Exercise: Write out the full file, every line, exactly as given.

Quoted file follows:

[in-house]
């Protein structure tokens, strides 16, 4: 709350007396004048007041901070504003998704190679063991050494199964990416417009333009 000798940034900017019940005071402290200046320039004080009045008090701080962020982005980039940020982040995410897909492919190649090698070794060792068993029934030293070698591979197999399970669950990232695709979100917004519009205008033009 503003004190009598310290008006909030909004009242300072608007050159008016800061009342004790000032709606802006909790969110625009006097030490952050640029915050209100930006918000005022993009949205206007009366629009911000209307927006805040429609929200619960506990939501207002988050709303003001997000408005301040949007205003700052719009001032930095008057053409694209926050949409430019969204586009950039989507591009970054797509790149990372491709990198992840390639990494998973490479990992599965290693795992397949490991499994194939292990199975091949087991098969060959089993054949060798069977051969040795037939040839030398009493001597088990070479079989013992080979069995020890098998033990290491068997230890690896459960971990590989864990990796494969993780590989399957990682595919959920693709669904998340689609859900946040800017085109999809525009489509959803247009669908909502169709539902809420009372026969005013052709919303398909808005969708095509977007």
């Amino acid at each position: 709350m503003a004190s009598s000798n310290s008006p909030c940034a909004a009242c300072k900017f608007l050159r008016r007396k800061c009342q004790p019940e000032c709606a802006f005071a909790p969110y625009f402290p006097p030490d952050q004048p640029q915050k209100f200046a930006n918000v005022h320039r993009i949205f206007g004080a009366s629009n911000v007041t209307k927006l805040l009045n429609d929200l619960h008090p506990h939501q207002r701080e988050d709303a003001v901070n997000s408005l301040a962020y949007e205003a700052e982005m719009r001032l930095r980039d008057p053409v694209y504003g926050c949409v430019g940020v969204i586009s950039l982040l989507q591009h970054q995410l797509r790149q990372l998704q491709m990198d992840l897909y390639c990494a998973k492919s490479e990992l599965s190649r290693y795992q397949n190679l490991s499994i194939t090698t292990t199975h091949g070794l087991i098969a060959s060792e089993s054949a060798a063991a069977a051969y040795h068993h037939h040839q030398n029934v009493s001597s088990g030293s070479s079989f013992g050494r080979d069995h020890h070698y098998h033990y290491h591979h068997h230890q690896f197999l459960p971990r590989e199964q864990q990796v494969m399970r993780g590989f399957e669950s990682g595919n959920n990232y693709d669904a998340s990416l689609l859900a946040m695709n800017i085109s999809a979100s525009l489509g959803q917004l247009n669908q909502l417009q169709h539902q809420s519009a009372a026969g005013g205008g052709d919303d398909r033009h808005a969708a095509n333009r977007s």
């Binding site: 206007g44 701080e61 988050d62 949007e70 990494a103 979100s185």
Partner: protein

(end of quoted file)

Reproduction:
[in-house]
């Protein structure tokens, strides 16, 4: 709350007396004048007041901070504003998704190679063991050494199964990416417009333009 000798940034900017019940005071402290200046320039004080009045008090701080962020982005980039940020982040995410897909492919190649090698070794060792068993029934030293070698591979197999399970669950990232695709979100917004519009205008033009 503003004190009598310290008006909030909004009242300072608007050159008016800061009342004790000032709606802006909790969110625009006097030490952050640029915050209100930006918000005022993009949205206007009366629009911000209307927006805040429609929200619960506990939501207002988050709303003001997000408005301040949007205003700052719009001032930095008057053409694209926050949409430019969204586009950039989507591009970054797509790149990372491709990198992840390639990494998973490479990992599965290693795992397949490991499994194939292990199975091949087991098969060959089993054949060798069977051969040795037939040839030398009493001597088990070479079989013992080979069995020890098998033990290491068997230890690896459960971990590989864990990796494969993780590989399957990682595919959920693709669904998340689609859900946040800017085109999809525009489509959803247009669908909502169709539902809420009372026969005013052709919303398909808005969708095509977007």
């Amino acid at each position: 709350m503003a004190s009598s000798n310290s008006p909030c940034a909004a009242c300072k900017f608007l050159r008016r007396k800061c009342q004790p019940e000032c709606a802006f005071a909790p969110y625009f402290p006097p030490d952050q004048p640029q915050k209100f200046a930006n918000v005022h320039r993009i949205f206007g004080a009366s629009n911000v007041t209307k927006l805040l009045n429609d929200l619960h008090p506990h939501q207002r701080e988050d709303a003001v901070n997000s408005l301040a962020y949007e205003a700052e982005m719009r001032l930095r980039d008057p053409v694209y504003g926050c949409v430019g940020v969204i586009s950039l982040l989507q591009h970054q995410l797509r790149q990372l998704q491709m990198d992840l897909y390639c990494a998973k492919s490479e990992l599965s190649r290693y795992q397949n190679l490991s499994i194939t090698t292990t199975h091949g070794l087991i098969a060959s060792e089993s054949a060798a063991a069977a051969y040795h068993h037939h040839q030398n029934v009493s001597s088990g030293s070479s079989f013992g050494r080979d069995h020890h070698y098998h033990y290491h591979h068997h230890q690896f197999l459960p971990r590989e199964q864990q990796v494969m399970r993780g590989f399957e669950s990682g595919n959920n990232y693709d669904a998340s990416l689609l859900a946040m695709n800017i085109s999809a979100s525009l489509g959803q917004l247009n669908q909502l417009q169709h539902q809420s519009a009372a026969g005013g205008g052709d919303d398909r033009h808005a969708a095509n333009r977007s």
């Binding site: 206007g44 701080e61 988050d62 949007e70 990494a103 979100s185």
Partner: protein